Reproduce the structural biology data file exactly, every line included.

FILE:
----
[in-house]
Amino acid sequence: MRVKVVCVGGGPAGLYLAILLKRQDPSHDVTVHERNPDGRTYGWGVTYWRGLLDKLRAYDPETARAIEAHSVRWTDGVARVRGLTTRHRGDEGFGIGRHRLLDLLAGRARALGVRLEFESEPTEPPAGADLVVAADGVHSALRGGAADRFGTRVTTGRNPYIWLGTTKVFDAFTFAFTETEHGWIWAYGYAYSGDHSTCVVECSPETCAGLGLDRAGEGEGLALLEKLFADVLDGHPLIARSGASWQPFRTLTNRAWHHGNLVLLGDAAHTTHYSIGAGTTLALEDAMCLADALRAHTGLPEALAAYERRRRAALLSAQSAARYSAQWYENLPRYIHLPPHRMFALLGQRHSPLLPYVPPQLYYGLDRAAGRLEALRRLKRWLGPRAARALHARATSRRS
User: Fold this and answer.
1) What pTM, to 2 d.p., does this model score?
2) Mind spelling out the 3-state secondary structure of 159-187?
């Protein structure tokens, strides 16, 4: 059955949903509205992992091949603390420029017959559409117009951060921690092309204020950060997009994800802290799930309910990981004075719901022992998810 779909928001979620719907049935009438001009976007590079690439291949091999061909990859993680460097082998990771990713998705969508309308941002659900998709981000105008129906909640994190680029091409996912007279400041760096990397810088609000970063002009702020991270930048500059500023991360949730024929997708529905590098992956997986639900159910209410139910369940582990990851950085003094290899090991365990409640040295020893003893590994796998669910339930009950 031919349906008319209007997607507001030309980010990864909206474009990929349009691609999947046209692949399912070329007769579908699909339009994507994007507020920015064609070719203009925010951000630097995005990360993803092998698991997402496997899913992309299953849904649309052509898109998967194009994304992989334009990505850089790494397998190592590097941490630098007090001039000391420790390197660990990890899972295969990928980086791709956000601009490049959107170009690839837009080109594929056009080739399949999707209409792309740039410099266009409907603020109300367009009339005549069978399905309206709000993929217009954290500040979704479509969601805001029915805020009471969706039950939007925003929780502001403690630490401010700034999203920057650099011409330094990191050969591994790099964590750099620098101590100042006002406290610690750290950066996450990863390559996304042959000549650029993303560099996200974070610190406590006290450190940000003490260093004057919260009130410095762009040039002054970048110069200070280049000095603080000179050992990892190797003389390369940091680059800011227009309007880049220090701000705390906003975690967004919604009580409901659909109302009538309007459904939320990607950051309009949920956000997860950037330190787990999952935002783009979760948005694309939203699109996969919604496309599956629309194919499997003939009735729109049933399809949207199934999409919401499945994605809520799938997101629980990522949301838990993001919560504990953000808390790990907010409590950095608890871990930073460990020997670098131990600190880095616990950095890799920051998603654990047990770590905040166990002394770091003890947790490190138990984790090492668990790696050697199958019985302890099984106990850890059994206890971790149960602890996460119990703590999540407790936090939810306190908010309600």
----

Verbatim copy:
[in-house]
Amino acid sequence: MRVKVVCVGGGPAGLYLAILLKRQDPSHDVTVHERNPDGRTYGWGVTYWRGLLDKLRAYDPETARAIEAHSVRWTDGVARVRGLTTRHRGDEGFGIGRHRLLDLLAGRARALGVRLEFESEPTEPPAGADLVVAADGVHSALRGGAADRFGTRVTTGRNPYIWLGTTKVFDAFTFAFTETEHGWIWAYGYAYSGDHSTCVVECSPETCAGLGLDRAGEGEGLALLEKLFADVLDGHPLIARSGASWQPFRTLTNRAWHHGNLVLLGDAAHTTHYSIGAGTTLALEDAMCLADALRAHTGLPEALAAYERRRRAALLSAQSAARYSAQWYENLPRYIHLPPHRMFALLGQRHSPLLPYVPPQLYYGLDRAAGRLEALRRLKRWLGPRAARALHARATSRRS
User: Fold this and answer.
1) What pTM, to 2 d.p., does this model score?
2) Mind spelling out the 3-state secondary structure of 159-187?
């Protein structure tokens, strides 16, 4: 059955949903509205992992091949603390420029017959559409117009951060921690092309204020950060997009994800802290799930309910990981004075719901022992998810 779909928001979620719907049935009438001009976007590079690439291949091999061909990859993680460097082998990771990713998705969508309308941002659900998709981000105008129906909640994190680029091409996912007279400041760096990397810088609000970063002009702020991270930048500059500023991360949730024929997708529905590098992956997986639900159910209410139910369940582990990851950085003094290899090991365990409640040295020893003893590994796998669910339930009950 031919349906008319209007997607507001030309980010990864909206474009990929349009691609999947046209692949399912070329007769579908699909339009994507994007507020920015064609070719203009925010951000630097995005990360993803092998698991997402496997899913992309299953849904649309052509898109998967194009994304992989334009990505850089790494397998190592590097941490630098007090001039000391420790390197660990990890899972295969990928980086791709956000601009490049959107170009690839837009080109594929056009080739399949999707209409792309740039410099266009409907603020109300367009009339005549069978399905309206709000993929217009954290500040979704479509969601805001029915805020009471969706039950939007925003929780502001403690630490401010700034999203920057650099011409330094990191050969591994790099964590750099620098101590100042006002406290610690750290950066996450990863390559996304042959000549650029993303560099996200974070610190406590006290450190940000003490260093004057919260009130410095762009040039002054970048110069200070280049000095603080000179050992990892190797003389390369940091680059800011227009309007880049220090701000705390906003975690967004919604009580409901659909109302009538309007459904939320990607950051309009949920956000997860950037330190787990999952935002783009979760948005694309939203699109996969919604496309599956629309194919499997003939009735729109049933399809949207199934999409919401499945994605809520799938997101629980990522949301838990993001919560504990953000808390790990907010409590950095608890871990930073460990020997670098131990600190880095616990950095890799920051998603654990047990770590905040166990002394770091003890947790490190138990984790090492668990790696050697199958019985302890099984106990850890059994206890971790149960602890996460119990703590999540407790936090939810306190908010309600």